Whether you ride Western or English - the principles are the same - except perhaps that the English rider would take up contact, the western rider might ride long and low. But the biq question is whether the pair of you can bond and whether your ability matches the needs of the horse.

The spark in a sharp horse will show soon enough. But if you, as a new rider, come off too soon, then the horse will lose respect for you.

Buying a horse should never be an impulse buy. It is important that horse and rider match in temperament, sensitivity and ability.
Choose wisely.
    12-03-2011, 04:28 PM
Try lunging him on a line for about 15 mins. All of my Arabians have a lot of GO and they understand that they can buck and fart on the line, but once they settle in and get to work, then they come off the line and I mount up and off we go. If they act like they want to bow up once I'm on, I hop right back off and they go back on the lunge for a few more minutes to get their brain back. I put them through their paces, walk, trot, canter, reverse, back, whoa and see how they do. My stallion especially, needs that time to play up a bit then settle in to working. If I'm patient and give him the time, we have an awesome ride. If not, well, he's only 4, so sometimes we have an 'interesting' ride that isn't quite as smooth as I might have preferred!

Best thing I've found for trying out these horses with lots of GO is to get them focussed on me, then when I get on, I let them have as much head as I can give them. If they want to go out at the trot, that's fine, but then we trot until I say we don't trot anymore, and that's always several minutes longer than THEY want to continue. That way I'm not always having to hang on their faces or fight them.

I always take a really deep seated saddle for a trial ride, so that way if they spook, spin, buck or run, I'm good to stick. Now I expect if this boy likes being ridden, and he's used to it, he might be fresh, but I bet he'll be a piece of cake. I can pretty much toss any of my Arabs out into the pasture for 6 months and then go grab one and go for a ride without any trouble, that's just the way the breed seems to be. They are more alert and forward than a lot of breeds, but they were bred to be that way. A dead head in war would get you killed, a sharp attentive horse would probably save your life.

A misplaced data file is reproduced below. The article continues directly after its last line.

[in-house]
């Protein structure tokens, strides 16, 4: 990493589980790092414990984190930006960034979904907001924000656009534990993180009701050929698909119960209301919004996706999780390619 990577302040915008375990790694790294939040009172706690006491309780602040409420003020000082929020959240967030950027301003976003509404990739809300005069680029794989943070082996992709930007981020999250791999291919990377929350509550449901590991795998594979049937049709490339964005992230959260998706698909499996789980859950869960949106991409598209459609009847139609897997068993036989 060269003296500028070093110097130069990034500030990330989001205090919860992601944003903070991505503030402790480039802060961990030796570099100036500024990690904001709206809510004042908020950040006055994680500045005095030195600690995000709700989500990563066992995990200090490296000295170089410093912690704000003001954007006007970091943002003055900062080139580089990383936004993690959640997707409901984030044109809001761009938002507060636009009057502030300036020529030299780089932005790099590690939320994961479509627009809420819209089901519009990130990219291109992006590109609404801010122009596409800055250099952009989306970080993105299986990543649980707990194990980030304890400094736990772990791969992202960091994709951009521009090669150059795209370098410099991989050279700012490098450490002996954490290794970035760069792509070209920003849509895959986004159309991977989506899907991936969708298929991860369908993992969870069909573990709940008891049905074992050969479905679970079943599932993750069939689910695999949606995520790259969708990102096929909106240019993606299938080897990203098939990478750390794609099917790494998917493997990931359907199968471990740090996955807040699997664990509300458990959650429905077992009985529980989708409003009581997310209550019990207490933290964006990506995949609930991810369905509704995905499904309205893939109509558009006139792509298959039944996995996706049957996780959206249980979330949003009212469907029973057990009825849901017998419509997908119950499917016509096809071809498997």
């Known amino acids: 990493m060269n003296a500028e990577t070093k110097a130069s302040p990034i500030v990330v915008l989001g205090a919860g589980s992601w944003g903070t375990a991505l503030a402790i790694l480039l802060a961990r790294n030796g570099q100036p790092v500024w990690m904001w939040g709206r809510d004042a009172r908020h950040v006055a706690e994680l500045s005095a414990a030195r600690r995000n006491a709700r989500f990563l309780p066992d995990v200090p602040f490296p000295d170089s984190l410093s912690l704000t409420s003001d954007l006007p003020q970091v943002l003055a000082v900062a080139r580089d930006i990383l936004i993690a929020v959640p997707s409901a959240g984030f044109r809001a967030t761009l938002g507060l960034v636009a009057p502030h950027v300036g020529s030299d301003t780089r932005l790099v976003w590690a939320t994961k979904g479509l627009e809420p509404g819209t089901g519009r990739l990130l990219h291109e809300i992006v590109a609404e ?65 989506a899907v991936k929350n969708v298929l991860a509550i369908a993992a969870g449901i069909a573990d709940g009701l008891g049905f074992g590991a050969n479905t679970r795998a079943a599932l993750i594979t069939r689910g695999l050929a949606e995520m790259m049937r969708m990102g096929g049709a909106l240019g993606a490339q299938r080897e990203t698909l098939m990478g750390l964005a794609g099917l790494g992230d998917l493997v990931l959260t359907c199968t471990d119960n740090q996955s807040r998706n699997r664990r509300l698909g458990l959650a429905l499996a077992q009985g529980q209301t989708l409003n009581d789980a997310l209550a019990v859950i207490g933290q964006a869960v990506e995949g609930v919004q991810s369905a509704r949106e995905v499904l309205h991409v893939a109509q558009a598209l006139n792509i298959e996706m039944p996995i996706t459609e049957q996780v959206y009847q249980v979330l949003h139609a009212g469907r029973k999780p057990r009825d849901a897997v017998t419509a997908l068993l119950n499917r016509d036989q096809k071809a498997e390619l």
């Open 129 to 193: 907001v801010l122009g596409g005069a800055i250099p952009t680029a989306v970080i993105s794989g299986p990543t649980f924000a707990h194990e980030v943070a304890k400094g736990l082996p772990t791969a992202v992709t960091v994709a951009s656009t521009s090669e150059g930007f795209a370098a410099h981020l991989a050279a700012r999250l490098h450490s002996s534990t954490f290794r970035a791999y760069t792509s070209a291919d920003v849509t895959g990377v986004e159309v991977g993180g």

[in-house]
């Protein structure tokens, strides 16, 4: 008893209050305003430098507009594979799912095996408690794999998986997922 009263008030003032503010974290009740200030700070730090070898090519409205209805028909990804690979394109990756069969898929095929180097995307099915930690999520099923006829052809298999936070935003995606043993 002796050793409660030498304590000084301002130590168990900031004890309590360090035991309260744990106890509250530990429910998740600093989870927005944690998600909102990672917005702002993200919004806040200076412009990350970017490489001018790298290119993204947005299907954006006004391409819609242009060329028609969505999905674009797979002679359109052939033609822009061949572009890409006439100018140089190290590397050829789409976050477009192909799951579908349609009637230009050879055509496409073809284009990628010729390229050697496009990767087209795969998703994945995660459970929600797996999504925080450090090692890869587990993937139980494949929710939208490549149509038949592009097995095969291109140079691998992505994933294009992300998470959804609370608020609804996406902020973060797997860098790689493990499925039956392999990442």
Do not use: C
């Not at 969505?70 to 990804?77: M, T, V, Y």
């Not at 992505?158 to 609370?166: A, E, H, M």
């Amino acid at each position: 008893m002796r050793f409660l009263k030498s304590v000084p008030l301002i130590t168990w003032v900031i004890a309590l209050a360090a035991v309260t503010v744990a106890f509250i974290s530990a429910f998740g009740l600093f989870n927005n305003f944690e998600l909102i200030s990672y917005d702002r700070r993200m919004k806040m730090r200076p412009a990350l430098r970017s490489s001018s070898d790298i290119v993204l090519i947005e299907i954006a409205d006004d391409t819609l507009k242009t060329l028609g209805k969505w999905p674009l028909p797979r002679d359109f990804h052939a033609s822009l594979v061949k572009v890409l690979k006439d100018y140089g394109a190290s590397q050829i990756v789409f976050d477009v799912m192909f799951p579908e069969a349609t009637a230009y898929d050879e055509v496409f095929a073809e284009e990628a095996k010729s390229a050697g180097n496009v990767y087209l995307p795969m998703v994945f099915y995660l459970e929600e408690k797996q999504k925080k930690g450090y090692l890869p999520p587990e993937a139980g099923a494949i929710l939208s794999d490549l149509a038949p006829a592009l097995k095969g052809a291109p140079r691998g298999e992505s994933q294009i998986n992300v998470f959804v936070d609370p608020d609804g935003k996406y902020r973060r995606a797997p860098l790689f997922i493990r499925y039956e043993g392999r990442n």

Oh, another thing my Arabians do that no other horses I've ever owned have done: When they spook, they sort of startle real hard and then freeze. I call it the elevator drop spook. They snort, jump and spread their front feet a bit, so the front end drops a little lower and then they freeze solid until they've give the situation a real good look. It's always lasted long enough for me to say, "OOOH OK, it's just................", settle in my seat and collect the reins and let them go on without a fuss. That's the real key to my guys, I settle and say, "OOOOH that's all right, not a big deal." and they listen to my seat, my voice and my legs, if I don't get all tight and worried, they don't either.

I'm claustrophobic so I won't ride in a round pen on a bet. If you're comfortable riding in a 60 ft round pen to start, go for it, but I much prefer to get on and hit the trail, where I feel like we have some room.
xxGallopxx likes this.
    12-04-2011, 06:46 PM
Wow, thank you everyone for the excellent advice! I am not even nervous about riding after reading your posts! [:
I'm thinking that what I will do is ride him in the round pen for a few minutes to make sure that he isn't going to do anything scary, then take him out on the road, so we can have more space.
And possibly ask if we could have a trial for a couple of weeks.

I went yesterday to see him, and take him for a walk. He is very sweet and has really good ground manners. He loves to be with people and when he spooks, he just stops and stares.
I really like him, so hopefully the ride goes good!

Thanks everyone!
    12-04-2011, 09:06 PM
Once in the saddle slowly take three deep breaths and slowly let each one out with a soft low moaning sound. This will often relax the horse as well because it softens your shoulders, back and hips.